The teacher’s topic web can include elements such as types of doors and gates found indoors and outdoors, materials used to make different kinds of doors or gates, purposes of doors and gates, safety features of doors and gates, how people design and make doors, and the functions of various types of hardware, including keys and locks. The teacher’s web may also include specialized vocabulary related to doors and gates, as well as possible sites to visit and experts to invite.

Once the project is underway, the teacher might decide to make some changes to the initial web based on what he or she learns about the children’s interests, understandings (as well as mis-understandings), and knowledge of the topic.

Gathering Reference Materials

As the project begins, teachers can collect some good-quality references and other sources of information for their own use as well as to share with the class. A librarian can help with this process. Nonfiction picture books, encyclopedias, cabinetry catalogs, videos, and magazines related to architecture, home building, interior design, home improvement, and automobiles are likely to be useful throughout Phase 1 and Phase 2 of a project about doors and gates. Local historical societies or nearby natural history museums may have resources related to doors and gates from the past that teachers can check out. Blueprints of the school building can show children how architects and contractors represent doors and may even help children locate some of the doors in the building.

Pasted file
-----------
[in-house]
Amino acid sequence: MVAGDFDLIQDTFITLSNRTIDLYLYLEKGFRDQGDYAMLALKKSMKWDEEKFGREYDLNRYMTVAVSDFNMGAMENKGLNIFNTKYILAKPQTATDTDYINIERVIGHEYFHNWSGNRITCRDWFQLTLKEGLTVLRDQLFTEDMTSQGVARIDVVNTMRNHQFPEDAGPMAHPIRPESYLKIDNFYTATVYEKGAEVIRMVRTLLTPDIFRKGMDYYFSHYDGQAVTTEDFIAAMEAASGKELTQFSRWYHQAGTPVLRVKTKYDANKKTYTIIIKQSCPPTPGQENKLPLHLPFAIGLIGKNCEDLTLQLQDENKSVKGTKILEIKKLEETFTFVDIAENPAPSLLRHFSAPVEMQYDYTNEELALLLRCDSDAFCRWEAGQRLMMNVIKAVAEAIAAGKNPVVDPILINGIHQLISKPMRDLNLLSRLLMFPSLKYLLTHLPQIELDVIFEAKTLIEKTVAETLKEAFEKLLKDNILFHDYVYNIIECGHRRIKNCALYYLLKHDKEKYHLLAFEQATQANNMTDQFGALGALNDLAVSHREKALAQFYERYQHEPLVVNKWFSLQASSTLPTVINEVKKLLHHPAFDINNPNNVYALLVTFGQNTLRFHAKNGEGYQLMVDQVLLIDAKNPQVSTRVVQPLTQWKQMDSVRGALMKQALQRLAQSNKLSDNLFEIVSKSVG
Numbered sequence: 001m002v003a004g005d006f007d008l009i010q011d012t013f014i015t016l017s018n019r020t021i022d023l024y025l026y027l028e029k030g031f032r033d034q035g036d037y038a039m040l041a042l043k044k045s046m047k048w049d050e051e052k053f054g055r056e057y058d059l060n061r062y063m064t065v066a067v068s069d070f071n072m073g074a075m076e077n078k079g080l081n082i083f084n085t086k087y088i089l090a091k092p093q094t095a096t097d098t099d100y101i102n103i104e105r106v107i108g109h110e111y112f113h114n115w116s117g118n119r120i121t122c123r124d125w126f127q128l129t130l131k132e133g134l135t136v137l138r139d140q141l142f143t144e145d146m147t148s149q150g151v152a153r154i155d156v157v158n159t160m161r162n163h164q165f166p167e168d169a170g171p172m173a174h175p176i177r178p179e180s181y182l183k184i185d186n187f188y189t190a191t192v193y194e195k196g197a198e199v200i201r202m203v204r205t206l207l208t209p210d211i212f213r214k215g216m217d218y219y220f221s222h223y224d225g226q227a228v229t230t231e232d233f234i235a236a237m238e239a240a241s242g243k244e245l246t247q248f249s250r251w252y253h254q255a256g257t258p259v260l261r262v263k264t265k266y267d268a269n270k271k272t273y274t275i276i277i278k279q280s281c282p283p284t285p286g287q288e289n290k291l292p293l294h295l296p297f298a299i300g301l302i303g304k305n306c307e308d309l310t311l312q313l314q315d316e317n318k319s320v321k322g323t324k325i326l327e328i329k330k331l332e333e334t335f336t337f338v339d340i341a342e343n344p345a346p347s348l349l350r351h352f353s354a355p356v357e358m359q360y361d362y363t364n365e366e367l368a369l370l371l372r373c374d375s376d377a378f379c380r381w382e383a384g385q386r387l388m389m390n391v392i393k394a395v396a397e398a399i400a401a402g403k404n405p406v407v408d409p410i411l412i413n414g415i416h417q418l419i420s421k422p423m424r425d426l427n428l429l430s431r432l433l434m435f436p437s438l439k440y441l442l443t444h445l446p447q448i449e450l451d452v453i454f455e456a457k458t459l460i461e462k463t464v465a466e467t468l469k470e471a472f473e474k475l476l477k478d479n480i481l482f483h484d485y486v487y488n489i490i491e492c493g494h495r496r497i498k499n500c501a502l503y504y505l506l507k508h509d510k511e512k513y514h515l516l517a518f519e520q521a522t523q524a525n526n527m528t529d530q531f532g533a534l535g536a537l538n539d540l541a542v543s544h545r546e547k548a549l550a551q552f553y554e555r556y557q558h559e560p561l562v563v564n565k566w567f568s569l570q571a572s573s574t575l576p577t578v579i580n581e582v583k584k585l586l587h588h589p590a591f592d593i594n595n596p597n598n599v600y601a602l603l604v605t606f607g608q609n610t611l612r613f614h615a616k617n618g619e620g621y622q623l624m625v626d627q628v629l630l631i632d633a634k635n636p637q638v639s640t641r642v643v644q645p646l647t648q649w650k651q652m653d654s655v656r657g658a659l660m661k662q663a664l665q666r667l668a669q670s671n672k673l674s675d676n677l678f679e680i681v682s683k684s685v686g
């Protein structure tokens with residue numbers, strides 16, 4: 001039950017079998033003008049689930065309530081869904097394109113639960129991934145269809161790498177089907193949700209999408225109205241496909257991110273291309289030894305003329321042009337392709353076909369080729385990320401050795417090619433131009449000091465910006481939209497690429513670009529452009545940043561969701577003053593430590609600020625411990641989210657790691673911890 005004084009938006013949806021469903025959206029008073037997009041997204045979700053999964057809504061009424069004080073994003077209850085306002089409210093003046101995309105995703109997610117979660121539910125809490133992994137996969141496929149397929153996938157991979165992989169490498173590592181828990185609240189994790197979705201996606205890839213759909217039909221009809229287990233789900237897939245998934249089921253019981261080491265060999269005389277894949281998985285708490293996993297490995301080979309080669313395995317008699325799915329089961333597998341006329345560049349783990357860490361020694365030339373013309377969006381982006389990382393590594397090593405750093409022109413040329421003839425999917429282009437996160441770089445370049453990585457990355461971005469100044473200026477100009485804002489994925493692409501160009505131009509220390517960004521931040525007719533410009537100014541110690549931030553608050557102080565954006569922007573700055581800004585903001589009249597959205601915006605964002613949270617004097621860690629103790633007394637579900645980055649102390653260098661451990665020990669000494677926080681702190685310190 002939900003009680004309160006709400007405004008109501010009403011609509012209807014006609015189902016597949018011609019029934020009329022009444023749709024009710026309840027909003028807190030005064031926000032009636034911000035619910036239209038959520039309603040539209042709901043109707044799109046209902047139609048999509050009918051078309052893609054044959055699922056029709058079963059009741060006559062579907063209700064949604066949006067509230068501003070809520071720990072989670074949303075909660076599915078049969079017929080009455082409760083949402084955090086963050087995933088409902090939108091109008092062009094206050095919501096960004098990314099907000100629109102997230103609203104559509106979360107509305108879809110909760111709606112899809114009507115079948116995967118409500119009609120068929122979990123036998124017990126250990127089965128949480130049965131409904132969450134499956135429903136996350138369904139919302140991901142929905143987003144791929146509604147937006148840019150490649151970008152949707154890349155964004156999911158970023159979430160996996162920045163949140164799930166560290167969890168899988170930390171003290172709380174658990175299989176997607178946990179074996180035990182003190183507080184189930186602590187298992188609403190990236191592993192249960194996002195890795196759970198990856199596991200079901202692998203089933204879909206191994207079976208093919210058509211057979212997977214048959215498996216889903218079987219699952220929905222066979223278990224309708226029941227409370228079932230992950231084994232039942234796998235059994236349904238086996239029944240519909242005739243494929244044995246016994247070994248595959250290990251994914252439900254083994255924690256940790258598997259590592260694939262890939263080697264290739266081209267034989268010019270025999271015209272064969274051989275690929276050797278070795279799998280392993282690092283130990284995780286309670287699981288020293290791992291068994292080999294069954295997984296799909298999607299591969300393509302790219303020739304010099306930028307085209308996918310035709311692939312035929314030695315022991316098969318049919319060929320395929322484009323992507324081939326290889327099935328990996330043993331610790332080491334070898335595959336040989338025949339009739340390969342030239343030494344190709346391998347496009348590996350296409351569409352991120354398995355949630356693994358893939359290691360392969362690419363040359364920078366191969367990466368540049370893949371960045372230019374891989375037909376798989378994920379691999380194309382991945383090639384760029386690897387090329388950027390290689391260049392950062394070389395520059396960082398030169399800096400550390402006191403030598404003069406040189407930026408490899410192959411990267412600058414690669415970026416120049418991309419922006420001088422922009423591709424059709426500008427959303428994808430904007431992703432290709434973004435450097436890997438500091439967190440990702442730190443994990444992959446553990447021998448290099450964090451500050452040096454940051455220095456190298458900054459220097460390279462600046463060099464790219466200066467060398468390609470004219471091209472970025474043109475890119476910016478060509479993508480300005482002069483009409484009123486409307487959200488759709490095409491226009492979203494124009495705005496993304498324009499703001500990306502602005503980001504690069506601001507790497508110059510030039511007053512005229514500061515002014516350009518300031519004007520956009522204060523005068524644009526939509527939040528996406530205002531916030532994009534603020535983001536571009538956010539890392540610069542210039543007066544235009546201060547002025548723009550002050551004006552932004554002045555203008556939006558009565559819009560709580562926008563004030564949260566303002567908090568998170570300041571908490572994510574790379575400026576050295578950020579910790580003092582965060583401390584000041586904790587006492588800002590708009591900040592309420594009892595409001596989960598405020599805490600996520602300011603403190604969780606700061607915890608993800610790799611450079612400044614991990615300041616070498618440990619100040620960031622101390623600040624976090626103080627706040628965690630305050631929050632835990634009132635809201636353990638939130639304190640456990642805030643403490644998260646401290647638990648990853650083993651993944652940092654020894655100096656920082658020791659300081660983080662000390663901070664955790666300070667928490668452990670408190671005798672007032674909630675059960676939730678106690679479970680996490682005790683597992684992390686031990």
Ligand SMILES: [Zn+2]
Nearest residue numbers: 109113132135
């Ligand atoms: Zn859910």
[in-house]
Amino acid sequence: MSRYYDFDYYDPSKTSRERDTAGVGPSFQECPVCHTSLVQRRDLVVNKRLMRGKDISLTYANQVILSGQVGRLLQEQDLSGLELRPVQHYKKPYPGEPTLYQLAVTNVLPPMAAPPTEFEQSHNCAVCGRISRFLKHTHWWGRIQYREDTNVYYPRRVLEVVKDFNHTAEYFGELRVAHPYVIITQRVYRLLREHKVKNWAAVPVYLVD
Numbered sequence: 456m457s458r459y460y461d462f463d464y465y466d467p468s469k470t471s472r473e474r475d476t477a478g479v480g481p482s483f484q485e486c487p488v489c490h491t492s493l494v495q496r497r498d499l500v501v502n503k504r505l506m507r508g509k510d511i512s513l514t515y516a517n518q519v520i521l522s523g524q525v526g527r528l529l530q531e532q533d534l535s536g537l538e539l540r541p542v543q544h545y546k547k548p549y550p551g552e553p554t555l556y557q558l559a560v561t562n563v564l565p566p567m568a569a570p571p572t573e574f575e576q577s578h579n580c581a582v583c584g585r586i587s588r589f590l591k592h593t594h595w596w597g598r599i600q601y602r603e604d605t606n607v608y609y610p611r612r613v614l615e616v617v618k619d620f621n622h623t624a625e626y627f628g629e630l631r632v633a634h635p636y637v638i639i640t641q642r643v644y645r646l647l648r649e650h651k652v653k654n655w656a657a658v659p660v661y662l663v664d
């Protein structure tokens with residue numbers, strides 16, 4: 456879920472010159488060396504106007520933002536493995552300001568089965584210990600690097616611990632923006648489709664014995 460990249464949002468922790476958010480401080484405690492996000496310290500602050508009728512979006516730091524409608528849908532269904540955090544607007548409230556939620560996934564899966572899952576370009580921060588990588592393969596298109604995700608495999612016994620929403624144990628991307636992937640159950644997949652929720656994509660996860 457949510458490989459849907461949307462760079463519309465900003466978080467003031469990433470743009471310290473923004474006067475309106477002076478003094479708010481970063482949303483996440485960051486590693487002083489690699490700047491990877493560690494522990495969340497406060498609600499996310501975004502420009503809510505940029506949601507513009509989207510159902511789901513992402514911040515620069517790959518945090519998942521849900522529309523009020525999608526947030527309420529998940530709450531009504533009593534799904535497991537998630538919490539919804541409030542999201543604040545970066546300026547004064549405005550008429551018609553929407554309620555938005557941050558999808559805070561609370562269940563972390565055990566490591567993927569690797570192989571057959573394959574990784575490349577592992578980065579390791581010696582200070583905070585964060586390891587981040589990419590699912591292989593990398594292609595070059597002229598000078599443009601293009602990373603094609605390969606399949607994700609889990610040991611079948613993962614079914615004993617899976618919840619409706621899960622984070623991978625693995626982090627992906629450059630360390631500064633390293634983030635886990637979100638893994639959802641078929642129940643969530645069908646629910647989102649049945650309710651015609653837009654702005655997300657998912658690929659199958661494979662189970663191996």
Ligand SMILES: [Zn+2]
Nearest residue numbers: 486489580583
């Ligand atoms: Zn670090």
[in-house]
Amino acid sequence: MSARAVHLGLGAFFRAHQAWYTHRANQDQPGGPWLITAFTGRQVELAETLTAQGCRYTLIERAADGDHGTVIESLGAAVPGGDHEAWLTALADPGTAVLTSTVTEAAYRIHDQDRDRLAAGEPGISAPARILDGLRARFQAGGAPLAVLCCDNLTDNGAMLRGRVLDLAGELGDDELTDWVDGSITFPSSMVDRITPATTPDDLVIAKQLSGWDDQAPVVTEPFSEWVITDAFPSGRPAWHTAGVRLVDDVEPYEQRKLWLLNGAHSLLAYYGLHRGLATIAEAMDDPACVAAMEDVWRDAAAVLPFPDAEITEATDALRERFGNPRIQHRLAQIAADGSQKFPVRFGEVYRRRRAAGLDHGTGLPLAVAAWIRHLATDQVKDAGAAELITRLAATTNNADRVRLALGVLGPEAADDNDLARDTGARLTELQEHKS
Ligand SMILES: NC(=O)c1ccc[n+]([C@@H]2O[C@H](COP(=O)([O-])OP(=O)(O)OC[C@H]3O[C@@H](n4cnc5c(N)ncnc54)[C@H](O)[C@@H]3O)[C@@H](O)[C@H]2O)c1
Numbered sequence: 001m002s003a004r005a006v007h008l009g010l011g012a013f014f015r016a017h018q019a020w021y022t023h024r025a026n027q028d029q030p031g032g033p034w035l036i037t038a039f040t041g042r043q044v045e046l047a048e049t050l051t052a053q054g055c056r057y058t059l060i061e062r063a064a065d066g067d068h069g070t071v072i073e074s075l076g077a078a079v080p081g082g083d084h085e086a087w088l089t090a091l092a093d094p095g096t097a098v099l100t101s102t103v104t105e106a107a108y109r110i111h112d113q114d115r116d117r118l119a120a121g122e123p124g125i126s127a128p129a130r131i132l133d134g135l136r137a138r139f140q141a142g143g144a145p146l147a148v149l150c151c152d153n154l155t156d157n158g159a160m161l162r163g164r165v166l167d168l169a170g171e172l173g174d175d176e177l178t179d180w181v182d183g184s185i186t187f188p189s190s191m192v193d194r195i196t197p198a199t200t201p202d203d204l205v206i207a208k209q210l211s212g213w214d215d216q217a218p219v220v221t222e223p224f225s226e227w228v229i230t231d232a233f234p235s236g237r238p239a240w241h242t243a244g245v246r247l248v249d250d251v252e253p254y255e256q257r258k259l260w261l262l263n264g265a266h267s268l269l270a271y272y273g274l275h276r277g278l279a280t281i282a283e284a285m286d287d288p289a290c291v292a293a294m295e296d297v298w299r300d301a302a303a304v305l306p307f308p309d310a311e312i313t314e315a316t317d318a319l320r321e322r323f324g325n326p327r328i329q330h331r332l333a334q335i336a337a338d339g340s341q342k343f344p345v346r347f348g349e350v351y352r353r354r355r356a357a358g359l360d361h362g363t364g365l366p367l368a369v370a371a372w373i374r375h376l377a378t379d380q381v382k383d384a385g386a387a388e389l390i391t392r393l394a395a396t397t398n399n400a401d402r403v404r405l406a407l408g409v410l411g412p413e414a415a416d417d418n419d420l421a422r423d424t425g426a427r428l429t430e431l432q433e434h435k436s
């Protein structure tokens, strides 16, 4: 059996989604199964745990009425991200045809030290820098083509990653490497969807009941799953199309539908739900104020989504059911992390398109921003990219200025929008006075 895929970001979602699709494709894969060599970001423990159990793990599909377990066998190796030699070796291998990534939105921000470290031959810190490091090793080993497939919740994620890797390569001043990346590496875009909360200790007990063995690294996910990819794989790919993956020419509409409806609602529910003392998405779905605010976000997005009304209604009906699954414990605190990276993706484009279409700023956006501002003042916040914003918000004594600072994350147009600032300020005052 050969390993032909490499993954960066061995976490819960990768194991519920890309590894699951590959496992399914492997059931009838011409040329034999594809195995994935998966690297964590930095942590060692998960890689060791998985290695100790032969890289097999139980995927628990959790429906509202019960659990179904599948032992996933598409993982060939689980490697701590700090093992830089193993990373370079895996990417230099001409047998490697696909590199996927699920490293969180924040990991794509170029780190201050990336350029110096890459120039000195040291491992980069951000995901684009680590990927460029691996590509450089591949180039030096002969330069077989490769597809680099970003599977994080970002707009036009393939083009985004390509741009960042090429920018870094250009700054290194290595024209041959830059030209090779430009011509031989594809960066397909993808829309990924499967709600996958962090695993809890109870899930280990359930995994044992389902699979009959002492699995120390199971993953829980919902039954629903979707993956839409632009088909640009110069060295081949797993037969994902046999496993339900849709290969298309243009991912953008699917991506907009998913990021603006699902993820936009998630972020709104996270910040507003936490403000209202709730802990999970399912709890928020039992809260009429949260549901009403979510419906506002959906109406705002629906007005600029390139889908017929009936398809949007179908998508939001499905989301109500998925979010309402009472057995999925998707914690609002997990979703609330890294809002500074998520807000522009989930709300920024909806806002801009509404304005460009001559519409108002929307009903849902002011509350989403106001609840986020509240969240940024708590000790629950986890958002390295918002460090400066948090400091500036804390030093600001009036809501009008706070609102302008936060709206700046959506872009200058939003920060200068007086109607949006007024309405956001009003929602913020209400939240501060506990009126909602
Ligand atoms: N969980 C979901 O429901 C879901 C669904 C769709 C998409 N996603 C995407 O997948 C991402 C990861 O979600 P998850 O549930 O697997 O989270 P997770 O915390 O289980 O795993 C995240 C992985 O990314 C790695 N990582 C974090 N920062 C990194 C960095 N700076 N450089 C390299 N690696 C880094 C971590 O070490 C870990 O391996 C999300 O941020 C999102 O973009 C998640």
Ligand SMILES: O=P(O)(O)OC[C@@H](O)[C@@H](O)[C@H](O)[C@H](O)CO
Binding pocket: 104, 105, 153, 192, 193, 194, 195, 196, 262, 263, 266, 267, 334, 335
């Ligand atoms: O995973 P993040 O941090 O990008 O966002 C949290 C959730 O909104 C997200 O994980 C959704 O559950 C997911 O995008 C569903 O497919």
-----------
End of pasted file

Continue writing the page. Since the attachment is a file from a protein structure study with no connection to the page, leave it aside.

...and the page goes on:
Appendix C lists additional resources that may be helpful, including some Web sites focusing on doors in the arts. A librarian can also help the teacher find other reliable Internet resources on topics related to doors. Keep in mind that although Wikipedia may be a source of basic information, it is notoriously inaccurate. (It is not a secure site, and users are sometimes able to insert misinformation.)

Planning for Documentation throughout the Project

The main purpose of documentation is to tell or represent the story of the project so others can see what occurred and so that the children can revisit it too. It’s a good idea for the teacher to decide before the door project begins how to document the children’s work during each phase. Many aspects of documentation during a project on doors and gates will be similar to documentation for any other project. On the other hand, as children find out more about the doors and gates in the classroom and the school, the doors themselves can become the focus of some of their documentation. For example, children may want to attach labels to a door naming its parts for visitors to see.

For resources to help with documentation during any project, see Appendix C.

Phase 1: Getting Started

Phase 1 activities vary depending on the ages of the children and their degrees of experience and interest. During Phase 1, the teacher can help the children begin the investigation of doors and gates in several ways:

Collecting Data Outside of School

One way to start the investigation of doors and gates is for the teacher to have children find out about doors and gates that they see where they live:

Recalling Prior Experiences Related to Doors and Gates